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Original research
Incident skin melanoma in Danish male military pilots: a nested case–control study
  1. Julie Elbaek Pedersen,
  2. Johnni Hansen
  1. Danish Cancer Society Research Center, Danish Cancer Society, Copenhagen, Denmark
  1. Correspondence to Julie Elbaek Pedersen, Danish Cancer Society Research Center, Danish Cancer Society, 2100 Copenhagen, Denmark; juliep{at}


Objectives A growing body of research has reported that pilots have an increased risk of skin melanoma, which may be caused by occupational exposure to cosmic and solar ultraviolet A radiation in aircraft cockpits. However, the existing literature cannot rule out confounding, for example, that pilots may spend more leisure time in the sun compared with the general population, which therefore leaves the current evidence inconclusive. The present study aimed to provide more knowledge regarding this association.

Methods This nested case–control study included 199 male cases of skin melanoma diagnosed between 1990 and 2003, and 1126 male cancer-free controls identified from a large Danish military population. Among these individuals, 10 cases had ever worked as a pilot.

Detailed information on military service and other held jobs together with socioeconomic and lifestyle characteristics, for example, leisure-time sun exposure habits, had been obtained from a structured questionnaire.

Results Adjusted results showed a positive association between work onboard aircraft and skin melanoma (OR=2.30, 95% CI: 1.06–4.97) and the risk was indicated only to be increased in pilots (OR=7.08, 95% CI: 2.51–19.93). A positive association between longer duration of employment as a pilot and skin melanoma was also observed (ORper year=1.07, 95% CI: 1.01–1.14).

Conclusions The findings from this study conducted among Danish military personnel suggest that pilots have an increased risk of skin melanoma after accounting for leisure-time sun exposure and socioeconomic status. Future large-scale studies focusing on the risk of skin melanoma in pilots, including detailed objective information on dimensions of exposure and potential confounders, are warranted.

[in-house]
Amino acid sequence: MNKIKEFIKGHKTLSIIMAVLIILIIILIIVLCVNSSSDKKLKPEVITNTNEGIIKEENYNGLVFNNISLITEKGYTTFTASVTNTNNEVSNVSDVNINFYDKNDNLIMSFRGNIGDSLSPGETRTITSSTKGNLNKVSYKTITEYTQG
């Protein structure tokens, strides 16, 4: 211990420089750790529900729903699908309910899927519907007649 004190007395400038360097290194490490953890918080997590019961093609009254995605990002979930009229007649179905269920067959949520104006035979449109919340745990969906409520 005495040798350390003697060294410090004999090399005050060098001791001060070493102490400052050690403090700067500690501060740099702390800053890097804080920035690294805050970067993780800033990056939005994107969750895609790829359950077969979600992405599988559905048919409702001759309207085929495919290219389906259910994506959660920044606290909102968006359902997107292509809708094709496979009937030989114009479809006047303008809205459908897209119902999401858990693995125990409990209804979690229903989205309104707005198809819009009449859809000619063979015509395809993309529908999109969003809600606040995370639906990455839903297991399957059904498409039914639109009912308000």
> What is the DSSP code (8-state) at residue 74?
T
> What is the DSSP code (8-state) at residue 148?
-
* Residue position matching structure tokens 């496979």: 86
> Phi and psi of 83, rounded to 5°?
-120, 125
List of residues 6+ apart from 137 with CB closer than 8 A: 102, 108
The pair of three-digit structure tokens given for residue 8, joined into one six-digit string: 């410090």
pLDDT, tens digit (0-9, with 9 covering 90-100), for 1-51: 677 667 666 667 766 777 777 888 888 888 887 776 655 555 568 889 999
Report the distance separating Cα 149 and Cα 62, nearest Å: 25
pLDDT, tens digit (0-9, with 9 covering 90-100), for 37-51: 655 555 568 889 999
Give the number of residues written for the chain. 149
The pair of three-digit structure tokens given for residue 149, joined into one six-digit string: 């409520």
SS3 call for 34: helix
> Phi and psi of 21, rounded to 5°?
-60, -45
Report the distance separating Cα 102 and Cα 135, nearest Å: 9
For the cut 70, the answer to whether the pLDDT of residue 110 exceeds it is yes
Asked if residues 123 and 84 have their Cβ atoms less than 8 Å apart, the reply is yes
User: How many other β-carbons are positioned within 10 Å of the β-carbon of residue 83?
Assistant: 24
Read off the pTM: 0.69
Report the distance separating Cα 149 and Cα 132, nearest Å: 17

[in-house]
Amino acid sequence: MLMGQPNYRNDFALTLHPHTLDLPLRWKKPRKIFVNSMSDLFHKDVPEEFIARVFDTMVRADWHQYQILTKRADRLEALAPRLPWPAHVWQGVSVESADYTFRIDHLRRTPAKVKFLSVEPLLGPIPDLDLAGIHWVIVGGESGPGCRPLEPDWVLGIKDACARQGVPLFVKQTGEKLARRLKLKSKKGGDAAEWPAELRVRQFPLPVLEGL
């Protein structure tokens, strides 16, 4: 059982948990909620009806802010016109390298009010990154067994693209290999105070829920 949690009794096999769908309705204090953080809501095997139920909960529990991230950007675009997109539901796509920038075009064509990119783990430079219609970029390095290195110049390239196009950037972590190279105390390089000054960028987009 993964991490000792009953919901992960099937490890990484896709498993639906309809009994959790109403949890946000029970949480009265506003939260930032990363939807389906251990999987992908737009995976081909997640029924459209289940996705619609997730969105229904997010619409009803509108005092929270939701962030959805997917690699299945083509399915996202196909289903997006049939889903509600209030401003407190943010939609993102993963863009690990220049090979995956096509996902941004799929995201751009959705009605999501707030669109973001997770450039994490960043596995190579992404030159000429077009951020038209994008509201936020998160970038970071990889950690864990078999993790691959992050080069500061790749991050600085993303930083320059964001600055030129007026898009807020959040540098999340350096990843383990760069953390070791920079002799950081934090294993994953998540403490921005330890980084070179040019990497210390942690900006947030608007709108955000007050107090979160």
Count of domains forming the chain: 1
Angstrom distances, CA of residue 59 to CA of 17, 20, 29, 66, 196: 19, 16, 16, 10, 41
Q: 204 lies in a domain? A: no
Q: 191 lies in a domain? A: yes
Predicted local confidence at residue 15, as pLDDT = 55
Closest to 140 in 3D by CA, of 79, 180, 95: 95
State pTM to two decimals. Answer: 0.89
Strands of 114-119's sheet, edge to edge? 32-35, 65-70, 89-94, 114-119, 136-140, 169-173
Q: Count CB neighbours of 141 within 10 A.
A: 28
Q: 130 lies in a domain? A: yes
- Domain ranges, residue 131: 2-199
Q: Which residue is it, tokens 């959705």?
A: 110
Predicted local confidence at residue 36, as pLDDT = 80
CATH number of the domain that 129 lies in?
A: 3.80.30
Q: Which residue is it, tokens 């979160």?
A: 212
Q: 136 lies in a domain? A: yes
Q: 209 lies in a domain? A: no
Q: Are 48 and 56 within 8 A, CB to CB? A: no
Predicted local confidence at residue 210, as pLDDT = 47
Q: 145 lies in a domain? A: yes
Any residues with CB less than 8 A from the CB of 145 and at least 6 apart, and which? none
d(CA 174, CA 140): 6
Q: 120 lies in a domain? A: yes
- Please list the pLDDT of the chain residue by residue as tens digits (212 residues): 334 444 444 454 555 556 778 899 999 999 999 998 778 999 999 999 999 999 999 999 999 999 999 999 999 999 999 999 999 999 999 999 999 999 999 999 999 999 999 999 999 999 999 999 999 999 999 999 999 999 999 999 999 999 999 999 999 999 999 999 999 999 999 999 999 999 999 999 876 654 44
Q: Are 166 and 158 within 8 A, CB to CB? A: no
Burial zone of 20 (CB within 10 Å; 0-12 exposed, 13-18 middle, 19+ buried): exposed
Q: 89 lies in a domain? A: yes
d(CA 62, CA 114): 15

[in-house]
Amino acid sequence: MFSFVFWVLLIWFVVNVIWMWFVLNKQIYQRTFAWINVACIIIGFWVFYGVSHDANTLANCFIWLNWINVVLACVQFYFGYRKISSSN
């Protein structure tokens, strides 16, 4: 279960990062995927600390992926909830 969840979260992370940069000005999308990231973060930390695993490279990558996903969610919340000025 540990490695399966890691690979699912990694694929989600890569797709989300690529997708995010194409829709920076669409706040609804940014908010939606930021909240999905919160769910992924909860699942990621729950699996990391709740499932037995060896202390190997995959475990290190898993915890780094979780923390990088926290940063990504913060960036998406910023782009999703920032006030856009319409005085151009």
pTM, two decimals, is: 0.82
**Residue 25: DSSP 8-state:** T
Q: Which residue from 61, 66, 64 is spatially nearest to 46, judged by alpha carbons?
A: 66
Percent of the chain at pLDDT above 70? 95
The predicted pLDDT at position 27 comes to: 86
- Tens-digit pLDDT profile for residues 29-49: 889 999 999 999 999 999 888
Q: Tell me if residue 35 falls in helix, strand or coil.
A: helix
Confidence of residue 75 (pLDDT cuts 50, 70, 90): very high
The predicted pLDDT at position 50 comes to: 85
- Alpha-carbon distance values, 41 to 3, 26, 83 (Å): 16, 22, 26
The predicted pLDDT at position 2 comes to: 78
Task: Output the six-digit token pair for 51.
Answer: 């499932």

• Occupational Health
  • Public health
  • Radiation
  • Melanoma

Data availability statement

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  • Contributors JEP performed the analyses, interpreted the results and wrote the manuscript. JH is responsible for the overall content and was a key contributor to the design process of the study, data collection, cleaning and linkage, and the analyses that were undertaken, and revised the manuscript critically for important intellectual content. Both authors have approved the final version to be published and are accountable for all aspects of the work.

  • Funding This study was supported by a grant from the Danish Ministry of Defence.

  • Disclaimer The funding source had no role in the design or analysis of the study or in the decision to submit the manuscript for publication.

  • Competing interests None declared.

  • Provenance and peer review Not commissioned; externally peer reviewed.

  • Supplemental material This content has been supplied by the author(s). It has not been vetted by BMJ Publishing Group Limited (BMJ) and may not have been peer-reviewed. Any opinions or recommendations discussed are solely those of the author(s) and are not endorsed by BMJ. BMJ disclaims all liability and responsibility arising from any reliance placed on the content. Where the content includes any translated material, BMJ does not warrant the accuracy and reliability of the translations (including but not limited to local regulations, clinical guidelines, terminology, drug names and drug dosages), and is not responsible for any error and/or omissions arising from translation and adaptation or otherwise.